EECE 352: PS5

Due: Tuesday, 5 October 1999

Problem 1 (50%): You will implement the myQuickSort function, which has the signature given below. The templated function you create should be able to sort objects of any type, as long as they have the appropiate operators and iterators defined for them.

You should use a cutoff of 5. At the cutoff you can either use the STL sort or, preferably, the insertion sort from PS3. The quicksort you will implement should be very similar to the one from Figure 8.20 in the book, except using iterators and the given signature.

Problem 2 (50%): A stable sort is one where elements that are equal are kept in the same order in the final list as they were in the original list. To illustrate I have created a class called Person which defines its own operator< and operator==. Two Persons are the same if they have the same name. If you were to apply your quicksort to the people vector provided in the main, you will notice that while they end up sorted based on name, the people with the same name (i.e. all the "joe"s) end up in a different order from the orginal.

You are to implement a function called myStableQuickSort (with the given signature), which can perform a stable sort on any vector of Persons. The way you do this is by creating a new vector that is the same as the vector of persons to be sorted but also includes the position of each Person. Then you make sure that if two Persons are equal (==) that they will be sorted based on the position. You might want to read Excercise 8.26 from the book since that is basically the same problem as this one. However note that solution he proposes is when using arrays, and not vectors.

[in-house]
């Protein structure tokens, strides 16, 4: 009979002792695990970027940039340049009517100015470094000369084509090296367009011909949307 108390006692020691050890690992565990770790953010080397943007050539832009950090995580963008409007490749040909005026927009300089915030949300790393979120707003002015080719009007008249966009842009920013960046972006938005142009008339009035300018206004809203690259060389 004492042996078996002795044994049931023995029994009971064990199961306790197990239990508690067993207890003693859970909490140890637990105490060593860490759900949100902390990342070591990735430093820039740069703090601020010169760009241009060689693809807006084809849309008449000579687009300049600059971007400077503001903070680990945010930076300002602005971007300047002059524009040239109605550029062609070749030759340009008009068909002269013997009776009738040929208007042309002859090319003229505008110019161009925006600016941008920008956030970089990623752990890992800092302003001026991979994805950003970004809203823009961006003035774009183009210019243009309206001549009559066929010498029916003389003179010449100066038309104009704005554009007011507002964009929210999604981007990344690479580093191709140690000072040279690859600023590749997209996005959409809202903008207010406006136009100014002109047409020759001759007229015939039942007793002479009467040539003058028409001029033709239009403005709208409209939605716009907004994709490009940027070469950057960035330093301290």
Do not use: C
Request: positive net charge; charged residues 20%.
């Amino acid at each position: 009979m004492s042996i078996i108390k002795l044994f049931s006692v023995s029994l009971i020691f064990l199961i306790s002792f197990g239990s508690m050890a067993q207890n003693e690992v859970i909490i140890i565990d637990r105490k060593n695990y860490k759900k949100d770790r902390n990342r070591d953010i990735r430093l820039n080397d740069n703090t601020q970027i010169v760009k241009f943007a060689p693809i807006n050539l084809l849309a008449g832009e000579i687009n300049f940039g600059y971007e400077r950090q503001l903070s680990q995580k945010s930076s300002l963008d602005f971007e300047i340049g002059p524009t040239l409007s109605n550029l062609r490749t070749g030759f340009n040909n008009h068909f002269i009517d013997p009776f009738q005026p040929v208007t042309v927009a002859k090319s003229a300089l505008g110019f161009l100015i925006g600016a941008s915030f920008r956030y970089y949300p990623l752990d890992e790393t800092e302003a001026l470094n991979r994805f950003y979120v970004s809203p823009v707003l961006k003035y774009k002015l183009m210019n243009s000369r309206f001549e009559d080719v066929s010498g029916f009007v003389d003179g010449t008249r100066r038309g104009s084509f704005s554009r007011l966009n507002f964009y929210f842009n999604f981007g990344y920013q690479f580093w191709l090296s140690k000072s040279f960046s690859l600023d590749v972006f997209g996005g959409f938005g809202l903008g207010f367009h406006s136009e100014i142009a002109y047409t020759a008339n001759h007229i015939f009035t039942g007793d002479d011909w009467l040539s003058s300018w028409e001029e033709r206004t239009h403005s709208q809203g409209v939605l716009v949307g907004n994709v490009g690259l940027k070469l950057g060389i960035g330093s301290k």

using namespace std;

template <class Iter>
void myQuickSort(Iter low, Iter high){ //Implement this.

template <class Iter>
void myStableQuickSort(Iter low, Iter high){ //Implement this.

	string name;
	int id;
	Person() : name("") {};
	Person(const string & s, int i) : name(s), id(i) {};
	Person(const Person & p) : name(, id( {}; //copy const.
	bool operator<(const Person & p) const {
		return name <;};
	bool operator==(const Person & p) const {
		return name ==;};
	friend ostream & operator<<(ostream & os, const Person & p){
		os << << " - " <<; return os;};

void print(int e){
        cout << e << ' ';

int main() {
        vector<int> v;
        v.push_back(9); v.push_back(2); v.push_back(4); 
        v.push_back(5); v.push_back(7); v.push_back(3);
        v.push_back(8); v.push_back(1); v.push_back(10);

        for_each(v.begin(), v.end(), print);
        cout << endl;
		//Note that v.end() refers to one element BEYOND, the last one.
		//You should remember this when debugging your program.
        for_each(v.begin(), v.end(), print); 
        cout << endl;

		vector<Person> people;
		Person p1("joe", 1); people.push_back(p1);
		Person p2("joe", 1); people.push_back(p2);
		Person p3("joe", 2); people.push_back(p3);
		Person p4("joe", 2); people.push_back(p4);
		Person p5("homer", 5); people.push_back(p5);
		Person p6("marge", 3); people.push_back(p6);
		Person p7("bart", 5); people.push_back(p7);
		Person p8("lisa", 8); people.push_back(p8);
		Person p9("joe", 4); people.push_back(p9);
		Person p10("joe", 4); people.push_back(p10);

		myStableQuickSort(people.begin(), people.end());
		vector<Person>::iterator it;
		for (it = people.begin(); it != people.end(); ++ it)
			cout << *it << endl;
        return 0;

The output of the above program should be:

9 2 4 5 7 3 8 1 10
1 2 3 4 5 7 8 9 10
bart - 5
homer - 5
joe - 1
joe - 1
joe - 2
joe - 2
joe - 4
joe - 4
lisa - 8
marge - 3
Press any key to continue

Jose M. Vidal
Last modified: Wed Sep 22 17:04:32 EDT 1999